For investors, Obama's tone more important than substance
By Wanfeng Zhou | February 13, 2013 4:14 AM EST
U.S. investors have had plenty of reasons to worry about what goes on in Washington, from "fiscal cliff" fears to concerns about a debt default or government shutdown. But President Barack Obama's State of the Union address on Tuesday night is unlikely to be one of those reasons.
Unless Obama's speech is so combative that it heralds even uglier battles with Republicans over the budget, market strategists say, it is unlikely to derail a stock market rally that has pushed the S&P 500 index to just a few percentage points from all-time highs.
The president is expected to strike an optimistic note on the U.S. economy, highlighting the prospects of job growth. That should help maintain the positive tone in financial markets, analysts said, even though the White House and Congress still have to cut a deal to delay or modify "sequestration," the $85 billion in automatic spending cuts due in March.
"The apex of the political impact on the markets was reached at the end of the last year with the 'fiscal cliff' drama and soap opera," said James Dailey, portfolio manager at TEAM Asset Strategy Fund in Harrisburg, Pennsylvania.
"The built-in expectation right now is they will kick the can down the road again with the sequester," Dailey said.
Wall Street broadly sees the State of the Union speech as an opportunity for the president to present long-term goals, many of which are unlikely to come to fruition.
The chances that Obama will announce concrete measures that will excite investors are viewed as slim, though he could give a nod to corporate tax reform, which carries the possibility of lower tax rates on the repatriation of overseas profits.
On the downside, Obama could suggest raising tax rates again to help close the deficit, or target tax benefits for specific industries such as oil and gas, or again mention eliminating the "carried interest" provision that reduces taxes for investment managers.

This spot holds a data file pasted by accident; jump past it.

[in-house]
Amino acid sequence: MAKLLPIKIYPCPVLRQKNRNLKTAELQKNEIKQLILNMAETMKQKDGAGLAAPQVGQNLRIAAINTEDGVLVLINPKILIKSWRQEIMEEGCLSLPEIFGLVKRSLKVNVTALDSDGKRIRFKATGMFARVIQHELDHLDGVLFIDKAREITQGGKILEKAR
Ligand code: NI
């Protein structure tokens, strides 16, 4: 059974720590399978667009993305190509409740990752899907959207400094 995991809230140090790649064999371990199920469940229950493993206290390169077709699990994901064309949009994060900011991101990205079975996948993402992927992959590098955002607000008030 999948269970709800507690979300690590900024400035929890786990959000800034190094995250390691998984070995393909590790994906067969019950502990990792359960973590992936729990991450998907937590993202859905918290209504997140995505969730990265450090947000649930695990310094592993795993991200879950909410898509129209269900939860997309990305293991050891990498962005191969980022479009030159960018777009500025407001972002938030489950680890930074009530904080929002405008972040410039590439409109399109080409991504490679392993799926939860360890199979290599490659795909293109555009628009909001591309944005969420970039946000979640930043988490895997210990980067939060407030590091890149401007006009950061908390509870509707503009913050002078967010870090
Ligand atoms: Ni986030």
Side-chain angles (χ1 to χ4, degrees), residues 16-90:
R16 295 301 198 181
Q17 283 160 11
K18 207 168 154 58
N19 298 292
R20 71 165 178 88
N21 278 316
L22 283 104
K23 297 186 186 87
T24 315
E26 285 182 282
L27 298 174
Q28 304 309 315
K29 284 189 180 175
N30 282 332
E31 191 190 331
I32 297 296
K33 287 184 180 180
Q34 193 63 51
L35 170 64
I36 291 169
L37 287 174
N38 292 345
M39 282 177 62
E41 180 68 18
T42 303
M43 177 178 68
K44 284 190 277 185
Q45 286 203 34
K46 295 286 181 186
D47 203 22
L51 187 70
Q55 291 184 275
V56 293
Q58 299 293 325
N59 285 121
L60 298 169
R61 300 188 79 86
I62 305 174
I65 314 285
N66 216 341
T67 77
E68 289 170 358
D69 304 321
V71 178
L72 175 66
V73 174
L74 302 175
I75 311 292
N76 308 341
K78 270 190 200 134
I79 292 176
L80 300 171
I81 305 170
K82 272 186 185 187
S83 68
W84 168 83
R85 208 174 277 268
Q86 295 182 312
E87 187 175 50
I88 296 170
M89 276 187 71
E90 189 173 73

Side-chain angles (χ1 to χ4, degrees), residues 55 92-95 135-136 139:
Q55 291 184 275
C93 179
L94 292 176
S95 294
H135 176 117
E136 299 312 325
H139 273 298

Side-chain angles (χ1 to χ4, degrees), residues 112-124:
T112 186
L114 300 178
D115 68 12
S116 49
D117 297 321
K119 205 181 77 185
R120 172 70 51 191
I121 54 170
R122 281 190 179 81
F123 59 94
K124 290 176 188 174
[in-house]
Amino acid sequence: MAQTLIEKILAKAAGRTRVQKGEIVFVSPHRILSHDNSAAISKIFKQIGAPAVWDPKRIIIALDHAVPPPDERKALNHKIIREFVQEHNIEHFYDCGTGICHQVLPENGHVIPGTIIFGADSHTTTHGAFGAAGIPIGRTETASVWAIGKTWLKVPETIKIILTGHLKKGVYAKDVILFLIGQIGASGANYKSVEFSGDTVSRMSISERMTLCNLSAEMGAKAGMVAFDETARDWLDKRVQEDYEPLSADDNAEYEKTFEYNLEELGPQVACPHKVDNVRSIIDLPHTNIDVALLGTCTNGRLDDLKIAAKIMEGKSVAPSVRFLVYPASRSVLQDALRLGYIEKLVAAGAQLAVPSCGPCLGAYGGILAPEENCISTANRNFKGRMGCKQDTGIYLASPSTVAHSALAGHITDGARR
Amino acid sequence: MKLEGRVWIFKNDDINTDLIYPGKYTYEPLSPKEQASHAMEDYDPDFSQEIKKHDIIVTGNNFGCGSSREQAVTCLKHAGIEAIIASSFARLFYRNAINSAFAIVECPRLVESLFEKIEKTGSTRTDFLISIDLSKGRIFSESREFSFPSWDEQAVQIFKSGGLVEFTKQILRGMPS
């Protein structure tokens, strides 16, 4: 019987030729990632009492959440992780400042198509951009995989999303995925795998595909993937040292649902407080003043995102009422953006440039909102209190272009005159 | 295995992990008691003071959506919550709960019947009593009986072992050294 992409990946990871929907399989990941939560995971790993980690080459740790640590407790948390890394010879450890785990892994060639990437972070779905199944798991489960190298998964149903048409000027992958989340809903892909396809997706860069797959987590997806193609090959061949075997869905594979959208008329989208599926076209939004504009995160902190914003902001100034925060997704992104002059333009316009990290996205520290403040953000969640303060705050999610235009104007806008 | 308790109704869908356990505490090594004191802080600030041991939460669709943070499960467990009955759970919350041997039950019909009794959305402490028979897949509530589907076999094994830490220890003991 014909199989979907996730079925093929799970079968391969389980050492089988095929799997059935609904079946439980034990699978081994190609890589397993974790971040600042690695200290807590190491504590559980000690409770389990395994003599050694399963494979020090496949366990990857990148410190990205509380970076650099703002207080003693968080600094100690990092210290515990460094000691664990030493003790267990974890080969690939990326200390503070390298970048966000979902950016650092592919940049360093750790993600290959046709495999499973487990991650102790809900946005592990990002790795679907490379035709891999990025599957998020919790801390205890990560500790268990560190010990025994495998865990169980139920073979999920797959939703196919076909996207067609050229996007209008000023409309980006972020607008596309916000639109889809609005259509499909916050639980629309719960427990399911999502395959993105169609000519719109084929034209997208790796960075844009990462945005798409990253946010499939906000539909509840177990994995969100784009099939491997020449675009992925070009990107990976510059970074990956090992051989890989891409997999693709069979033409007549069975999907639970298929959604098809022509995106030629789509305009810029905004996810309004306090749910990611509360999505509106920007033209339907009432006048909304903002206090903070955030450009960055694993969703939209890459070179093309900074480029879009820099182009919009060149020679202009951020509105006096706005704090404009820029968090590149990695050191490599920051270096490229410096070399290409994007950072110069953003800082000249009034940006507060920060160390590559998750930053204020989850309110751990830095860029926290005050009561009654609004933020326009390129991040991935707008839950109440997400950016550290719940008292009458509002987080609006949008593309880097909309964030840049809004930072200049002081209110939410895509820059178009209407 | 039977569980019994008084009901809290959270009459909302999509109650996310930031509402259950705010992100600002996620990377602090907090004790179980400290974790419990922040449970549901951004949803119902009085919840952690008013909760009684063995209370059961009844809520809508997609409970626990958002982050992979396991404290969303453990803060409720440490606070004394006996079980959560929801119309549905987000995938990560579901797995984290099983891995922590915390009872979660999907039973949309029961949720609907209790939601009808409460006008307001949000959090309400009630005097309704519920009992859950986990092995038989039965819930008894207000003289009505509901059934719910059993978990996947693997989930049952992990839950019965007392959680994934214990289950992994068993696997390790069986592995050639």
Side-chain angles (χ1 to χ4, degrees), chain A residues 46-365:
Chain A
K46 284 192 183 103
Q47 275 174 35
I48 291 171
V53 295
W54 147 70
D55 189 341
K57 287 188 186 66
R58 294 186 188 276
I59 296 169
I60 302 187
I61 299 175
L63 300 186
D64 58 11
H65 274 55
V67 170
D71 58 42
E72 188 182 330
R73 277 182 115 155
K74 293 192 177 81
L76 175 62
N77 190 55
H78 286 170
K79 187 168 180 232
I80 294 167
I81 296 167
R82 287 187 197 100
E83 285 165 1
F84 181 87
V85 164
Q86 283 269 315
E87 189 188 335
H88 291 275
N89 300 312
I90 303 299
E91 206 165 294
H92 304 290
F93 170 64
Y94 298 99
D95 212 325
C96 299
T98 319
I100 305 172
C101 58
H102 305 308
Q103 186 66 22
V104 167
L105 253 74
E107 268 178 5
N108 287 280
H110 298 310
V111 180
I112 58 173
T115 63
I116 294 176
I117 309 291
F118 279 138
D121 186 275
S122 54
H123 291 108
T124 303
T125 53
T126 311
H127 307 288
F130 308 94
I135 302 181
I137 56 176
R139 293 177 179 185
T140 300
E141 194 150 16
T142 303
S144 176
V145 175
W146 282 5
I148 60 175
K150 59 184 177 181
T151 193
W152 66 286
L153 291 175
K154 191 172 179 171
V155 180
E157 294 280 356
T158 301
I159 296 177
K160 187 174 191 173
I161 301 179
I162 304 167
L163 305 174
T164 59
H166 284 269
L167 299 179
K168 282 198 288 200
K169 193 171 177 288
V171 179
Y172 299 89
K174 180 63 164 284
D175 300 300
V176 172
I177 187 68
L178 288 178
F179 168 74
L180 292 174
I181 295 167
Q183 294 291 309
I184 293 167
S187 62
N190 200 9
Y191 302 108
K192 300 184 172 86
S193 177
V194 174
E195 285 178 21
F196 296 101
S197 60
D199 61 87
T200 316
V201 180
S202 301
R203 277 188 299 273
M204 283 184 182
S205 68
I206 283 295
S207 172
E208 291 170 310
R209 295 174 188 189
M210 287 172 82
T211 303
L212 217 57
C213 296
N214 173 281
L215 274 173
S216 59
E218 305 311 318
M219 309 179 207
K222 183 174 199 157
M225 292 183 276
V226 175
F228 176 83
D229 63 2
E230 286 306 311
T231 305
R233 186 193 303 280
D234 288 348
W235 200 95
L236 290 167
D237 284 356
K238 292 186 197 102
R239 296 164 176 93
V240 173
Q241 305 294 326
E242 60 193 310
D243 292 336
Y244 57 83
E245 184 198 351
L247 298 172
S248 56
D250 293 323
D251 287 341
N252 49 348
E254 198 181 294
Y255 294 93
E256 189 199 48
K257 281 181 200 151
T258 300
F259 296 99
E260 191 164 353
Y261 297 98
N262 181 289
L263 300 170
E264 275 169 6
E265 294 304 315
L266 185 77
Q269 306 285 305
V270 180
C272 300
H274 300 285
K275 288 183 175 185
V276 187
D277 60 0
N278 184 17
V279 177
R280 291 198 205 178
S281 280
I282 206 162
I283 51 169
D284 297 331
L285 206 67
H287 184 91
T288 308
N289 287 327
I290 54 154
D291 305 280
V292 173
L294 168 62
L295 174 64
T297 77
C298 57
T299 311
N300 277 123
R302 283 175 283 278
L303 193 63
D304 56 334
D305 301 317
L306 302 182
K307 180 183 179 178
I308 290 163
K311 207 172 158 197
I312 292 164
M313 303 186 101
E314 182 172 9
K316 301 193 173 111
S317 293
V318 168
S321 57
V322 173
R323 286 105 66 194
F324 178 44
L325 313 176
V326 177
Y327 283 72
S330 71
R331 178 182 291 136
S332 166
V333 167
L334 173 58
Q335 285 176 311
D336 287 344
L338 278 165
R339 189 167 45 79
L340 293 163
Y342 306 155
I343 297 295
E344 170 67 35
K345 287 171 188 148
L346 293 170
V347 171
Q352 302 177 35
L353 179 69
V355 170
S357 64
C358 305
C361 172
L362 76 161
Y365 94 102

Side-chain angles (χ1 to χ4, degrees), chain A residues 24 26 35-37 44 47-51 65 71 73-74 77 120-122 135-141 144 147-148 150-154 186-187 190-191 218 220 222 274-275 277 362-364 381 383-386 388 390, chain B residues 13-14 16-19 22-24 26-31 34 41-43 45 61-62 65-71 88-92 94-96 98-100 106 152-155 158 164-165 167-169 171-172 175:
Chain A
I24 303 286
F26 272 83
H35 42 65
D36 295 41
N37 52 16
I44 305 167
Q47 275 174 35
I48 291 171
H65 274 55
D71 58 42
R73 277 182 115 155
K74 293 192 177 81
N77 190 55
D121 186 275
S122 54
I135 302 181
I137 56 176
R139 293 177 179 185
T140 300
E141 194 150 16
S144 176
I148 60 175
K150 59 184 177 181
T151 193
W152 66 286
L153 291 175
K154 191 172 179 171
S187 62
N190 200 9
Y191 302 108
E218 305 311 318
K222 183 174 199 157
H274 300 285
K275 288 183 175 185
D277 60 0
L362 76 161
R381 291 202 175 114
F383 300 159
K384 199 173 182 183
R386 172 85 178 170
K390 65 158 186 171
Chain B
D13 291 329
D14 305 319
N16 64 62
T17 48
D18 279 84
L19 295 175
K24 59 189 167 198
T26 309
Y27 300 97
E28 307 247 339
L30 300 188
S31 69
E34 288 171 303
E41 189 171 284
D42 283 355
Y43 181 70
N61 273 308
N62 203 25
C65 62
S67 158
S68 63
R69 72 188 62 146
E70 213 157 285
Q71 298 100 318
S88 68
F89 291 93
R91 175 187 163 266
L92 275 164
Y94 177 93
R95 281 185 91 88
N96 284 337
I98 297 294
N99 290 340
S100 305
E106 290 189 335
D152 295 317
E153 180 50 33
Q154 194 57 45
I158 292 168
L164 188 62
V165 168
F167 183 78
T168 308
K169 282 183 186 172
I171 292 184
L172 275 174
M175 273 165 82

Some investors, after having jumped into riskier assets on the assumption that Washington will eventually work out a budget deal, are watching to see what tone Obama adopts for working with the Republicans.
If the president takes a combative approach, "this could provoke a short-term flight to safety, and see equity indices sell off by up to 1 percent as traders anticipate painful negotiations," said Karl Schamotta, senior strategist at Western Union Business Solutions in Calgary.
WATCHING DEFENSE, ENERGY STOCKS
Most State of the Union speeches see less than a 1 percent move in the stock market on the following day. The average move is only 0.15 percent since 1934, when President Franklin D. Roosevelt first used the term "State of the Union," according to Jeffrey Kleintop, chief market strategist at LPL Financial.
Still, stocks in the defense, retail and energy sectors could see some action, analysts say.
Under the current plan, defense spending will be cut by around 8 percent, while non-defense funding is subject to reductions of 5 to 6 percent, Kleintop said.
If Obama suggests he is open to mitigating the defense cuts, that would be a positive for the sector, which has pulled back lately. Shares of defense companies, such as Lockheed Martin and Raytheon, have recently fallen from 52-week highs in anticipation of budget cuts.
The energy sector is another focus. "Clean energy" companies could get a lift if Obama discusses energy independence, while any remarks on eliminating tax breaks for the exploration and production companies could hit shares of companies such as such as Anadarko Petroleum and ConocoPhillips.
The January 1 deal that Washington struck on the fiscal cliff raised tax rates on the wealthiest Americans and allowed a previous reduction in the payroll tax to expire. That cuts into take-home pay for Americans, but is expected to hit lower- and middle-class citizens harder.
Rick Meckler, president of investment firm LibertyView Capital Management in Jersey City, New Jersey, said the bigger issue remains the fight on revenues, taxes and spending, which will have a direct impact on consumers.
(Additional reporting by Ryan Vlastelica, Charles Mikolajczak and Julie Haviv; Editing by David Gaffen, Tiffany Wu and Douglas Royalty)
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